Good Grievin’

How is it possible to refer to grief as good? Grief can be painful, chaotic and scary, but surely not good?

Anyone who has suffered the death of a loved one or the loss of a relationship will say that grief hurts a lot. It hurts so much that we wonder if we will never be the same again.

Grief is difficult, but it can be managed well.

To manage it well is to experience “good grief”, as opposed to “bad grief.” This may seem confusing, but to grieve well it is necessary to share the upset with others or write about it even if it may feel horrible. There are people who will not “open up” because they do not want to feel the hurt. They hide their pain away hoping it will go away on its own. It doesn’t.

Hiding grief can feel good in the short term but over time the grief returns in a stronger form and often when one least expects it. Instead of a normal “wave of grief” there is a “tidal wave” of hurt. It is as if the grief ferments and turns sour in the process while increasing in size. People who have trouble being open with their hurt will say that over time they are feeling worse instead of better. For those who open up, it is just the opposite.

So, even though it can be upsetting to do so, by sharing one’s grief-related feelings such as sadness, anger, yearning, depression, guilt and many others, one will feel upset, but then eventually lighter. It is as if the talking or writing has mended the broken heart for a time. Before long, however, the hurt will build up and need to be released yet again.

Grief is not just raw feelings. The body too is affected and can feel tired and strained as well as be more prone to illnesses such as the flu or colds. This physical discomfort also can be discussed, preferably while taking a walk.

That’s right; even though the body feels exhausted and sore it is good to push it into a long outdoor walk. The good thing about the walk is that even though it may be tough getting going, the mourner feels much better during the outing and a whole lot better after.

Grief can be painful for the body and the soul and yet if this grief is well managed, the experience can be healthy and good. One has to be patient, however; it can take up to a year to start to feel like one did before. Each passing week will lead to improvements, but for up to a year, or even longer for some people, there can be those waves of grief and the discomfort that goes with them.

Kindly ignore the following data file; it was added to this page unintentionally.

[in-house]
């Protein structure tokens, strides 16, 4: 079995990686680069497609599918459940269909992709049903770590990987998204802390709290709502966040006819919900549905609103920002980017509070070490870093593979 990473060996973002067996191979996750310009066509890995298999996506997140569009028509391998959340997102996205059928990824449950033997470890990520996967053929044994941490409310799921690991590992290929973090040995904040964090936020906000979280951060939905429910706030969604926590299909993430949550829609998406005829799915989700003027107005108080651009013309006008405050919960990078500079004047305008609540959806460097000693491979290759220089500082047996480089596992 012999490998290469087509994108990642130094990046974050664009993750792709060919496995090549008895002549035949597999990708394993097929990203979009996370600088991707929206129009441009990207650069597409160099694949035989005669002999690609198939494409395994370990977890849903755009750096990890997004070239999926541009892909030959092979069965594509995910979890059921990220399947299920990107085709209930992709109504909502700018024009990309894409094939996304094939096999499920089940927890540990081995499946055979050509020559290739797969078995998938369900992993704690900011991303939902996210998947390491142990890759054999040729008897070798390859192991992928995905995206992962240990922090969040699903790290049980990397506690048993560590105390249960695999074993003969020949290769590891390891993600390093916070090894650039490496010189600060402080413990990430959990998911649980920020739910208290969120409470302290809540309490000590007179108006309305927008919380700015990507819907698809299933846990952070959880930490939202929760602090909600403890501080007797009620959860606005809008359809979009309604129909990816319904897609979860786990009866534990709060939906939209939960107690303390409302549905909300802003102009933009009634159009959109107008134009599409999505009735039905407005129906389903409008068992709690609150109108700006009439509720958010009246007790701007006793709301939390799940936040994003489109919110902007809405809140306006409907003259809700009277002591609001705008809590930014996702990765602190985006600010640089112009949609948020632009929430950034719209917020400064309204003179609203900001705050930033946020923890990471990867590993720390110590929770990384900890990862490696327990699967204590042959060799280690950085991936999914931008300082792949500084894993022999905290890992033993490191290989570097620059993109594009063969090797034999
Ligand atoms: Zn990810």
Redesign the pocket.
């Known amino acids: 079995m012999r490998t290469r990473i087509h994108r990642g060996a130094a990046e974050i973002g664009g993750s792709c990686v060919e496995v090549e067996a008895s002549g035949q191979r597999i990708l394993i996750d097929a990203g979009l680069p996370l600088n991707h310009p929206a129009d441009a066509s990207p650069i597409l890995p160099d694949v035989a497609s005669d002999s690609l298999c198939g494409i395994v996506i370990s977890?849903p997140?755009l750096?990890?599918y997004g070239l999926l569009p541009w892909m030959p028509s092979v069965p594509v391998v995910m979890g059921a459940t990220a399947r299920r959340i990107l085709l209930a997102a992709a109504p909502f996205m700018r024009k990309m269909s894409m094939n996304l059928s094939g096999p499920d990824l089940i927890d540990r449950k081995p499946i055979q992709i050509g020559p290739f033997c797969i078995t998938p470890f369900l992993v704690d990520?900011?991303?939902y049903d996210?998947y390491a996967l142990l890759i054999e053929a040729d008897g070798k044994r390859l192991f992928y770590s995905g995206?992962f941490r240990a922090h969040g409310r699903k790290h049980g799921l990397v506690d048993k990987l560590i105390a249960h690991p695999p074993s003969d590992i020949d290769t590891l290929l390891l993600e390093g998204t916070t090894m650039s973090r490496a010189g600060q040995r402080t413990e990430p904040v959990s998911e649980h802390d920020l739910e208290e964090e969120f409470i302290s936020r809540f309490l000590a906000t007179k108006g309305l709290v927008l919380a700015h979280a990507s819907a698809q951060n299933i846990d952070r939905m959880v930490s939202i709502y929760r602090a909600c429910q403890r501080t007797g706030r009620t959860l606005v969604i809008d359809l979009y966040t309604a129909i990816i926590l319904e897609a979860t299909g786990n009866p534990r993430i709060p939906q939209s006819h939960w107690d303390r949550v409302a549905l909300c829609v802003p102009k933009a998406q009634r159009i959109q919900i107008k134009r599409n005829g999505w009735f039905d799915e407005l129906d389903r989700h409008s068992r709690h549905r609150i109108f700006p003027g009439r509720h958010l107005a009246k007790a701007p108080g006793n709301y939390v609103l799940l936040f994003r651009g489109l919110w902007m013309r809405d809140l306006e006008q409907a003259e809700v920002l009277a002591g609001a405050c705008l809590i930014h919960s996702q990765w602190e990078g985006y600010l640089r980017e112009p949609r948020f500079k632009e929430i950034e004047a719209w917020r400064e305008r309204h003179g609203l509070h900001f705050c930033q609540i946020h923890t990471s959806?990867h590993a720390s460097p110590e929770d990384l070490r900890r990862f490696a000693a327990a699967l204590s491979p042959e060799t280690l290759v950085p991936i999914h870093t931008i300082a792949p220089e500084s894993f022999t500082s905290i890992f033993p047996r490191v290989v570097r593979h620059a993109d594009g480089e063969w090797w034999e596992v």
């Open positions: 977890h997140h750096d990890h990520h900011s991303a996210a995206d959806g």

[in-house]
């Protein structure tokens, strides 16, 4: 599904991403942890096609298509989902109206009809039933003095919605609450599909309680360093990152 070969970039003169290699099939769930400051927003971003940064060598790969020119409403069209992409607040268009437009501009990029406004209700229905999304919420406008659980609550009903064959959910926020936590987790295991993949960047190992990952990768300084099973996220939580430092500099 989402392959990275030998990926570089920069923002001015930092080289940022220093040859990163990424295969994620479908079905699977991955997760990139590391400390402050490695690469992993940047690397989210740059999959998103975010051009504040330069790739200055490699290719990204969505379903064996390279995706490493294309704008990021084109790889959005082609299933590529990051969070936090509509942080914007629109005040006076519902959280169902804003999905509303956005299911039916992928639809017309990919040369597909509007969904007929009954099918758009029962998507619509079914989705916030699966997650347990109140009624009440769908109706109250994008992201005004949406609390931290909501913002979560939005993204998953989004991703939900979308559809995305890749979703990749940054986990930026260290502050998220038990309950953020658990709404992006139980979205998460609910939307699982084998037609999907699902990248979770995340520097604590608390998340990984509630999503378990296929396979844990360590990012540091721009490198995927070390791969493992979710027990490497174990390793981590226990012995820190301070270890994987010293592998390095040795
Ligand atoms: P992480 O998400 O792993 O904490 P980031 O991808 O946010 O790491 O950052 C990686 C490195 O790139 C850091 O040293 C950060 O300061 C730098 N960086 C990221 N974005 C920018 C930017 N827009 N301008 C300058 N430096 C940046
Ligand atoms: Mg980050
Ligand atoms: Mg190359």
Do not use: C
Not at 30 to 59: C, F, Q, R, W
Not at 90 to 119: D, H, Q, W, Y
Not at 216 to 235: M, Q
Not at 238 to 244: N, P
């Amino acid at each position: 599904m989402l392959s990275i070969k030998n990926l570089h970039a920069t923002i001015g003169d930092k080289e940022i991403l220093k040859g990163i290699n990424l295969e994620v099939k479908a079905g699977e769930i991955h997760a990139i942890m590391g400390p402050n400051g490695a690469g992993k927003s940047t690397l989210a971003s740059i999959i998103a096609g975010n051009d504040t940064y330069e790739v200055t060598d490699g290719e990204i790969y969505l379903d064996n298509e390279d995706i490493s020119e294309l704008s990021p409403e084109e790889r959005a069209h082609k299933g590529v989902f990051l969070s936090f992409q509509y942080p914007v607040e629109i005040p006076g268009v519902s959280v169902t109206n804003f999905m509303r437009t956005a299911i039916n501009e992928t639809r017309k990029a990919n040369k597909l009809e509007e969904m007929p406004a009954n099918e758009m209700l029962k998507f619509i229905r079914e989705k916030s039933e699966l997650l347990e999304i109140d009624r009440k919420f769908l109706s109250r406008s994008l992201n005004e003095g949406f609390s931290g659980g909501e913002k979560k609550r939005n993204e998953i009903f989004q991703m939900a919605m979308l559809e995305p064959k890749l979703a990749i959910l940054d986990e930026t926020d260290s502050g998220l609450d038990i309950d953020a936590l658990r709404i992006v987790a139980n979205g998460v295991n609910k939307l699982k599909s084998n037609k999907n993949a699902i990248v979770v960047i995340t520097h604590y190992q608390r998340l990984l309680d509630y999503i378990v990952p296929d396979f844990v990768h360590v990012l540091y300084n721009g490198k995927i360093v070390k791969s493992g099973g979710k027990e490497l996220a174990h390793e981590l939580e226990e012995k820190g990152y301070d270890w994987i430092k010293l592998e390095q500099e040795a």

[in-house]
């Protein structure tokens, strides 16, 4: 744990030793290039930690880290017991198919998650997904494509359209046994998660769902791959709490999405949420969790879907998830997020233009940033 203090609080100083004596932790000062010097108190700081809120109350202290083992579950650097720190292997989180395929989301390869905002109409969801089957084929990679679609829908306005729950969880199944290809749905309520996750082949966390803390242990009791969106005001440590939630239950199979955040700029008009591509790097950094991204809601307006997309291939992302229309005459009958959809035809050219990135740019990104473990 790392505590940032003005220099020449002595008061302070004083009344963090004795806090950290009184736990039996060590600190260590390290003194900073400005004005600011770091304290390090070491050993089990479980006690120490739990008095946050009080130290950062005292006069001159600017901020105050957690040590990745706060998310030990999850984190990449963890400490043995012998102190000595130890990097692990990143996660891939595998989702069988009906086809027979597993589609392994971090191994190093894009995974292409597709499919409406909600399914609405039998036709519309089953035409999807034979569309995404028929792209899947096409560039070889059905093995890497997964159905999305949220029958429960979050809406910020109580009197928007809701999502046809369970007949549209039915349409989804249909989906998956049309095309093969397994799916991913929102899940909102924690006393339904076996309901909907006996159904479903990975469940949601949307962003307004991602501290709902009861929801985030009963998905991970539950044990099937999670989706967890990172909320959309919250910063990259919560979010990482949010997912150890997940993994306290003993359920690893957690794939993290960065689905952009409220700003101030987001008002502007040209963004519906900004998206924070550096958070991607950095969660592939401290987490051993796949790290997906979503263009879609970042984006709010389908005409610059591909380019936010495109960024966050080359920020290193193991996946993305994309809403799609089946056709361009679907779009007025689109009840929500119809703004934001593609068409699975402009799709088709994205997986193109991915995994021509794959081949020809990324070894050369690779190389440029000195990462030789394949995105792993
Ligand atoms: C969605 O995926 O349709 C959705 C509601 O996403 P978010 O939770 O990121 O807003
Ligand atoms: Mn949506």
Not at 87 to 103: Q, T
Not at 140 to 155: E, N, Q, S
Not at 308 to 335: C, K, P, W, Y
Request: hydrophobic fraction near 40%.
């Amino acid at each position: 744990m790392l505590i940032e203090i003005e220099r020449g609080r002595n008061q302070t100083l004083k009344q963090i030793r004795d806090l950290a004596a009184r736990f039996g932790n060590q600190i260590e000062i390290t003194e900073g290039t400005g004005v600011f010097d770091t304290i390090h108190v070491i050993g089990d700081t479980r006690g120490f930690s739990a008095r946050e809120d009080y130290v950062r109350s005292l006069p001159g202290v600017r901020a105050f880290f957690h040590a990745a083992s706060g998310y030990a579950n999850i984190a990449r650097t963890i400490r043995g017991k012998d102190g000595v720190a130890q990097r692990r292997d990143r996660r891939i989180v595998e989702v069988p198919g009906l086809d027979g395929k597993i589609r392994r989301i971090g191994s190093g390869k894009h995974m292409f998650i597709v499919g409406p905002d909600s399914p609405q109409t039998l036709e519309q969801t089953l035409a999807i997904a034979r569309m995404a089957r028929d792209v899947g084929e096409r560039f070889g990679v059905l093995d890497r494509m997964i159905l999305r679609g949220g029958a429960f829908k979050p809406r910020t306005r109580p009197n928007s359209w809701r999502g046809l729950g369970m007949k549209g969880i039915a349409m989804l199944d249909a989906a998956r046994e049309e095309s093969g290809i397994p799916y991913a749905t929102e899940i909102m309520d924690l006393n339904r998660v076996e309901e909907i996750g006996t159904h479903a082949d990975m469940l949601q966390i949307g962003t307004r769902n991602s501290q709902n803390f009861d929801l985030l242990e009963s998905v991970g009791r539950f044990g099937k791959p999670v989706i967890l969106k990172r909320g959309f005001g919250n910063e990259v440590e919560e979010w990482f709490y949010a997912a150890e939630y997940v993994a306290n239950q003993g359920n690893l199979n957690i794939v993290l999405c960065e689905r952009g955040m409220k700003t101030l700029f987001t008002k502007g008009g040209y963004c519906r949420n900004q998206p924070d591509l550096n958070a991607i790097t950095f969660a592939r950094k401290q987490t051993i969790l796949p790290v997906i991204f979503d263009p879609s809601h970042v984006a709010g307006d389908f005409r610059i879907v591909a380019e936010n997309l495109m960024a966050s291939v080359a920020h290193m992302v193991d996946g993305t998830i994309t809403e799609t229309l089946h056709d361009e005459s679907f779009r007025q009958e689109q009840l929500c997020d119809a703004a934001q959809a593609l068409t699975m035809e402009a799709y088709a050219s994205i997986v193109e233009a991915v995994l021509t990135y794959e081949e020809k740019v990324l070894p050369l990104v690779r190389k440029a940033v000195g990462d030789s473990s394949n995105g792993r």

A big part of good grieving is to not fight the experience or hide it away. It is important, particularly for people who usually control their feelings a lot, to give oneself permission to hurt, and to actively share the experience with trusted family and friends or one’s own journal. In this way, paradoxical as it may seem, healing comes.

So, in summary, to attempt to feel good by hiding grief away can lead to a bad grief experience over time. To face the grief may hurt, but this leads to a good grief experience and an eventual return to normal life.


Photo by Kinga Cichewicz on Unsplash
Good Grievin’
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Denis works with couples and individuals. His areas of interest include marriage, grief and stress. He also counsels people who suffer from depression and anxiety symptoms, as well as those struggling with personal growth issues.

Denis is eclectic in his use of psychological approaches, which include Adlerian, cognitive/behavioural, systems, psychodynamic, brief solution focused, existential and emotionally focused therapies.

Denis is a popular speaker who presents talks and workshops on a variety of topics including marriage, grief, retirement, emotional maturity and family relationships. He has published a book titled, “Marriage Can Be Great!…no really.”

Denis was a Clinical Assistant Professor of Medicine at the University of British Columbia. He helped to start the first hospice program in B.C. in 1975.

Denis received his Master of Arts degree from the University of British Columbia in 1977 and works as a Registered Psychologist. He is a member of the B.C. College of Psychologists and the B.C. Psychological Association.

Most importantly Denis has been married to Maureen for over thirty years and they have four children.

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